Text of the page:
I suspect this information will cause many people to seriously doubt the truth of most religions. It is reasonable to suspect that motivated beliefs—beliefs which we hold for some reason other than empirical evidence or logical argument—are not true beliefs. After all, we hold them for reasons which a) were not based upon argument or reason in the first place and b) are not usually subject to reasonable criticism. Certainly Beck’s research should give any religious person pause: is their faith informed most by a relationship with the truth, or most by some psychological need? But then, this is a question which should arrest anyone, religious or not: how sure are you that your worldview is more informed by reason and evidence, or by psychological need? Are you not motivated to believe that you are not motivated to hold your beliefs?

Source: Nick Dawson at

Source: Nick Dawson at | My name is Ozymandias, king of kings: Look on my works, ye Mighty, and despair!

However, I think a universal claim about motivated beliefs is not the best response. I’d like to float a particular response past you. Let me know if you think it holds up.

Imagine someone whose beliefs are unusually true; their beliefs predict things about the world far better than usual, and their beliefs correspond to the world (or the metaphysical realm, if you like) far better than most people’s beliefs. Perhaps they are inspired, enlightened, or superintelligent. Their worldview may not be perfect, but it is as good as humanly possible. Now, would you predict that this person’s worldview would not have the sort of structure I have been discussing? Would you predict that this person’s worldview did not fulfill psychological needs? Or would you predict that this person would arrange the pieces—the truest possible pieces we have ever seen—in a way which still fulfilled psychological needs and still conformed to contextual or idiosyncratic philosophical discourse?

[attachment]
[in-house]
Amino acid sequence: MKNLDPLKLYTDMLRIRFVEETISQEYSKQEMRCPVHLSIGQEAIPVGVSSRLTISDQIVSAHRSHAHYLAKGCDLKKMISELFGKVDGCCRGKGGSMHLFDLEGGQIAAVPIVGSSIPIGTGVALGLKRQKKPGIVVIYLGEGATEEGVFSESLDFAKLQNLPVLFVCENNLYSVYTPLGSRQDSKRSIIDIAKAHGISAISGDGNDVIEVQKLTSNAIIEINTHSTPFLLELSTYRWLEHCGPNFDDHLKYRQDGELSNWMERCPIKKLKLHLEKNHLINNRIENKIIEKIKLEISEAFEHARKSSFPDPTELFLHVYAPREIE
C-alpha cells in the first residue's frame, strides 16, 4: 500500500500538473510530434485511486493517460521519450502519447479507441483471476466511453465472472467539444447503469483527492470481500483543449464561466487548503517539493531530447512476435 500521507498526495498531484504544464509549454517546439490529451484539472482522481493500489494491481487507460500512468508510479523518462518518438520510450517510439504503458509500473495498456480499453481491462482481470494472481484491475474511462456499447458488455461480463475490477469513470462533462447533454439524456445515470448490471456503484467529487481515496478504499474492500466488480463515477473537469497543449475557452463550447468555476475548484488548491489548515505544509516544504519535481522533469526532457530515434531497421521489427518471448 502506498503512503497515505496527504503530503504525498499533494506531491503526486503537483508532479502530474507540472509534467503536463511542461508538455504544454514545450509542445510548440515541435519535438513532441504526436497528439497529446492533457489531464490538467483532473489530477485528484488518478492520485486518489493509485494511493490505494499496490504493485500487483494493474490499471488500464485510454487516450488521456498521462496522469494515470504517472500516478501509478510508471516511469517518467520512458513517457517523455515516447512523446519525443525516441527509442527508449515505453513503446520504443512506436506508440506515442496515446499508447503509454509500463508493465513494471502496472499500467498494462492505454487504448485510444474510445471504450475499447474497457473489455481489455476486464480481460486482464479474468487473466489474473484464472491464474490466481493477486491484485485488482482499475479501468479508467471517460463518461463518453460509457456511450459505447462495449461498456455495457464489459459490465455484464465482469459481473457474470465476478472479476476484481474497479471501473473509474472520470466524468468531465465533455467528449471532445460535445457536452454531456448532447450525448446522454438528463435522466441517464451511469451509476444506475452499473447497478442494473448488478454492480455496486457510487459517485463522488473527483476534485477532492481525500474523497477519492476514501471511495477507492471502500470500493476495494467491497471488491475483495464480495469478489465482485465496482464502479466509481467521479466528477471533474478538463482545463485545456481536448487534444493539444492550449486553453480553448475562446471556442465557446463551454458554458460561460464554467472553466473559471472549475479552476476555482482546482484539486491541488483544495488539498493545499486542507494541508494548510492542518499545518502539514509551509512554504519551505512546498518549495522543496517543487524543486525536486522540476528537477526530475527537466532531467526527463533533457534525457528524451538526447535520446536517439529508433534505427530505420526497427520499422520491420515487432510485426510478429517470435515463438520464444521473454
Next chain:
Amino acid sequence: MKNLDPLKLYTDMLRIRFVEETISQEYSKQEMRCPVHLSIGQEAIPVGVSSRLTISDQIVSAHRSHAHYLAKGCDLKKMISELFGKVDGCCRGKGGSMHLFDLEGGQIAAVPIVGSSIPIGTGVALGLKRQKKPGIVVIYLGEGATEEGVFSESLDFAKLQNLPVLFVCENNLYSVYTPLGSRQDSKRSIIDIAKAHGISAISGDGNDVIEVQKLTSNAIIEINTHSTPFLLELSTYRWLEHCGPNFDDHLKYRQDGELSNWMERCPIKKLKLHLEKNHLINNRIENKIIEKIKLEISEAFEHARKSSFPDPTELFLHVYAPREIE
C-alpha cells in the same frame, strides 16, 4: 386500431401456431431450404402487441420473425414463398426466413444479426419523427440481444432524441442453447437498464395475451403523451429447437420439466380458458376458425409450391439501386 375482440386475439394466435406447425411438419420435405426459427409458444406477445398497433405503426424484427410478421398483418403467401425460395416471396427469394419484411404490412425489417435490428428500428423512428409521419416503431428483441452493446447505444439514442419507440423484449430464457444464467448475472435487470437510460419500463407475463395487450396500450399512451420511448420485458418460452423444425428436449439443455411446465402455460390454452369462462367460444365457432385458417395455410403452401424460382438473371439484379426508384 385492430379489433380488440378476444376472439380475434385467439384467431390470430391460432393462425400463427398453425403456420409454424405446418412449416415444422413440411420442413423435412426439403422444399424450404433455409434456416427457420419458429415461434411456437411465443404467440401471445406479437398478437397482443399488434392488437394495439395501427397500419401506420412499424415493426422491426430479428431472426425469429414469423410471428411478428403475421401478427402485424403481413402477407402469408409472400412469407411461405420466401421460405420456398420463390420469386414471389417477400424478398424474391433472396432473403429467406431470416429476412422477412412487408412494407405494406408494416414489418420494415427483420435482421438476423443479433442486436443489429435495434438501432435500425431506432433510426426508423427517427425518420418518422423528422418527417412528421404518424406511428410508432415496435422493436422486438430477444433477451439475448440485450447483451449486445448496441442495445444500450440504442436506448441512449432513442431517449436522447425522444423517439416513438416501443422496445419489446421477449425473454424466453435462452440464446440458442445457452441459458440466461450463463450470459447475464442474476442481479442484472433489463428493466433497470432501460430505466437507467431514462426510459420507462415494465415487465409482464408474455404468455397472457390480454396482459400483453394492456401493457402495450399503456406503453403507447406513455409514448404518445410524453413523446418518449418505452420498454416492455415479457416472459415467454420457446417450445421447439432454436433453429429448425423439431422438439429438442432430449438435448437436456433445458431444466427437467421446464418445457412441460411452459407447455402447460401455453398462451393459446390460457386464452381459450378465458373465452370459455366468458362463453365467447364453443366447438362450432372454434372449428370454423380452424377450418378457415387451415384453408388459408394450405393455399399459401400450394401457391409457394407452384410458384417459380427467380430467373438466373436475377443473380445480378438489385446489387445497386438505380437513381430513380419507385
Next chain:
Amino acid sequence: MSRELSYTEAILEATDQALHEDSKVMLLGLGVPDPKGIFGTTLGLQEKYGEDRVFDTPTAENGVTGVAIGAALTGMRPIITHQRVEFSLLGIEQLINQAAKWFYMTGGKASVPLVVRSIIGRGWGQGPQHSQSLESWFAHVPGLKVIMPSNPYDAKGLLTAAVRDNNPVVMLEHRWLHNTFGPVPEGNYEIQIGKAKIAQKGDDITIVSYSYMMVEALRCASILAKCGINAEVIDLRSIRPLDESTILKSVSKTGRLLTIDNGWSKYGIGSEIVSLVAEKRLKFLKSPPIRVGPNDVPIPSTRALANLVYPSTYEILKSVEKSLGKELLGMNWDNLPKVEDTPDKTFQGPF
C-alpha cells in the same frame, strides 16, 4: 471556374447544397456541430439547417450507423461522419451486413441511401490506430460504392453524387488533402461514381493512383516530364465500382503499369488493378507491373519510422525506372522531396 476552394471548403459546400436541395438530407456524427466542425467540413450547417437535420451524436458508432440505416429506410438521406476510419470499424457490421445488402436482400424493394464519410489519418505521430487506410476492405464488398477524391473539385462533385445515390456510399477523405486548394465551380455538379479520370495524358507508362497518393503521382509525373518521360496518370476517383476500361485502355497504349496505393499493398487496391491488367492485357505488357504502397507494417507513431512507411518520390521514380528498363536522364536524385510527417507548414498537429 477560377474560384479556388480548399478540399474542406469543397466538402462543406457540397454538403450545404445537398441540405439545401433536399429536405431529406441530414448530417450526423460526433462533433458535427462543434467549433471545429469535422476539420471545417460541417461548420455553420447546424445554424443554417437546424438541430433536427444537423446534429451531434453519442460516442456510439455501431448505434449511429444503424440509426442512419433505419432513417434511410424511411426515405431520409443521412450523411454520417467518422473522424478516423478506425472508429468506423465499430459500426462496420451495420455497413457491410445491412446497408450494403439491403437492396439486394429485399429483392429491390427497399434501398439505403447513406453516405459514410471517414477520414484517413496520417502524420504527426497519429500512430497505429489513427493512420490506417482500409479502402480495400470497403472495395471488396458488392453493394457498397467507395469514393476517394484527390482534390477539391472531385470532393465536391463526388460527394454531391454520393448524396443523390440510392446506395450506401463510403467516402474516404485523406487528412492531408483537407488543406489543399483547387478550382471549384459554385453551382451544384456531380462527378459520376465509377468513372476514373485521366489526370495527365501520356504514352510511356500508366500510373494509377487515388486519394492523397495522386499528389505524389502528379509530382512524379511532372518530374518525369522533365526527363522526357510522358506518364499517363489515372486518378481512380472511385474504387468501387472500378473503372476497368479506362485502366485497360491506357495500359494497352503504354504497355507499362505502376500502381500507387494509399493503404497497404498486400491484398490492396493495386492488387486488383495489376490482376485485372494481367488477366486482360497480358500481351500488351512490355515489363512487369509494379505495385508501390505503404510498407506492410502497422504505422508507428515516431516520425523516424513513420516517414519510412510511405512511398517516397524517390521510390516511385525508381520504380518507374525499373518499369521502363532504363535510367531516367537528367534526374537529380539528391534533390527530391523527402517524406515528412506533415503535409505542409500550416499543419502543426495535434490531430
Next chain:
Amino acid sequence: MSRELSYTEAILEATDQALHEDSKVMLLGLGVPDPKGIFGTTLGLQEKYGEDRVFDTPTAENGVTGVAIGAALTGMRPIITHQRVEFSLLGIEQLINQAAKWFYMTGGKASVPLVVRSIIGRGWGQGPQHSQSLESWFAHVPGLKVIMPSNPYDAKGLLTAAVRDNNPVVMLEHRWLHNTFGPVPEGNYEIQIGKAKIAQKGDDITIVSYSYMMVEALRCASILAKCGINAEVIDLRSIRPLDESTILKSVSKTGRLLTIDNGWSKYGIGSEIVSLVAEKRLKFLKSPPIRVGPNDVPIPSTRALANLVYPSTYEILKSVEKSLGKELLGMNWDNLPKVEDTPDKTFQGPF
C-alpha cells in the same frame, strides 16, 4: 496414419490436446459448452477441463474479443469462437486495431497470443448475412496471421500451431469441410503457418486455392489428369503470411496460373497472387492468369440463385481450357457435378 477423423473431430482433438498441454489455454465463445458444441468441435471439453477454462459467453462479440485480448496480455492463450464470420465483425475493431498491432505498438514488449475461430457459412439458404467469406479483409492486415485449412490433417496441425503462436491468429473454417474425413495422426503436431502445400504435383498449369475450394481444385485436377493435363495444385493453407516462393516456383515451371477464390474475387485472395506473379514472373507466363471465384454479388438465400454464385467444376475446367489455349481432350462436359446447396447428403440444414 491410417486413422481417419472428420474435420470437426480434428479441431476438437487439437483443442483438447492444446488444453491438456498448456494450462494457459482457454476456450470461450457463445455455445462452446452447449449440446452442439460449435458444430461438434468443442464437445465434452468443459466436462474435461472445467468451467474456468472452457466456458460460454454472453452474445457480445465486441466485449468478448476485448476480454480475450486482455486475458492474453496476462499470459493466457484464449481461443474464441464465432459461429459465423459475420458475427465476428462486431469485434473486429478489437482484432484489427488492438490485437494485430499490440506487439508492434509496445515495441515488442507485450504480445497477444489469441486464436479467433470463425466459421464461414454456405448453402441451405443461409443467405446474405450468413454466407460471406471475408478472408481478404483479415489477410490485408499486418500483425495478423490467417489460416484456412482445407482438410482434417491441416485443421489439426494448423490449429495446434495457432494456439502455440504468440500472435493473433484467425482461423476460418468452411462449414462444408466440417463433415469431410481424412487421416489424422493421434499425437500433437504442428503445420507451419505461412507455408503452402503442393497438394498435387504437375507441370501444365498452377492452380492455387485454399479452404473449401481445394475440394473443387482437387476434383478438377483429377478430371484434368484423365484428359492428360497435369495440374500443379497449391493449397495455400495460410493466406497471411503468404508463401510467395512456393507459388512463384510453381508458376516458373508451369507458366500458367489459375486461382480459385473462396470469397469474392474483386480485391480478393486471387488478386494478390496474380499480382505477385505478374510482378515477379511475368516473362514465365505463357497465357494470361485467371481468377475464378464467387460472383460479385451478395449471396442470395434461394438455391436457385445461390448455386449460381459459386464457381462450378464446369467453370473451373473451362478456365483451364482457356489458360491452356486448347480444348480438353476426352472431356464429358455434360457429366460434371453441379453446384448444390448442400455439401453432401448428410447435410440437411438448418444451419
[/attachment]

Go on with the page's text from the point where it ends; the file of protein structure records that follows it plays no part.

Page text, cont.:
If you predict that this person’s worldview would not fulfill psychological needs, then it is fair for you to say that any worldview which fulfills psychological needs is likely to be false. However, that seems a strange prediction to make, since that person will still have psychological needs which only their worldviews can fulfill, and will still be subject to contextual and idiosyncratic limits. Or, at the very least, since that seems like an incredible exception to typical human behaviour, it seems to me that you would need to overcome a high burden of proof to argue that such a person would not still use their worldview to meet certain psychological needs. It seems more plausible to me that this person would find a way to make their worldview fulfill their psychological needs at least some of the time. Therefore discovering that a worldview fulfills psychological needs should not make us any more suspicious of that worldview in itself.** That said, if it does any of those things more than we would expect the truest possible worldview would do, and if it is less subject to reasoned or evidence-based correction than we would expect, then we should probably be suspicious.

*Structure and shape are metaphors I probably overuse.
**Furthermore, and similarly, it seems plausible that this person would articulate their worldview according to their context’s vocabulary and talking points, and in light of their own idiosyncratic concerns. Discovering that a worldview adheres to their discursive context and their own idiosyncrasies should not make us any more suspicious of that worldview, unless it does these things more than we’d expect of the best possible worldview.

5 thoughts on “The Shape of Truth and of Error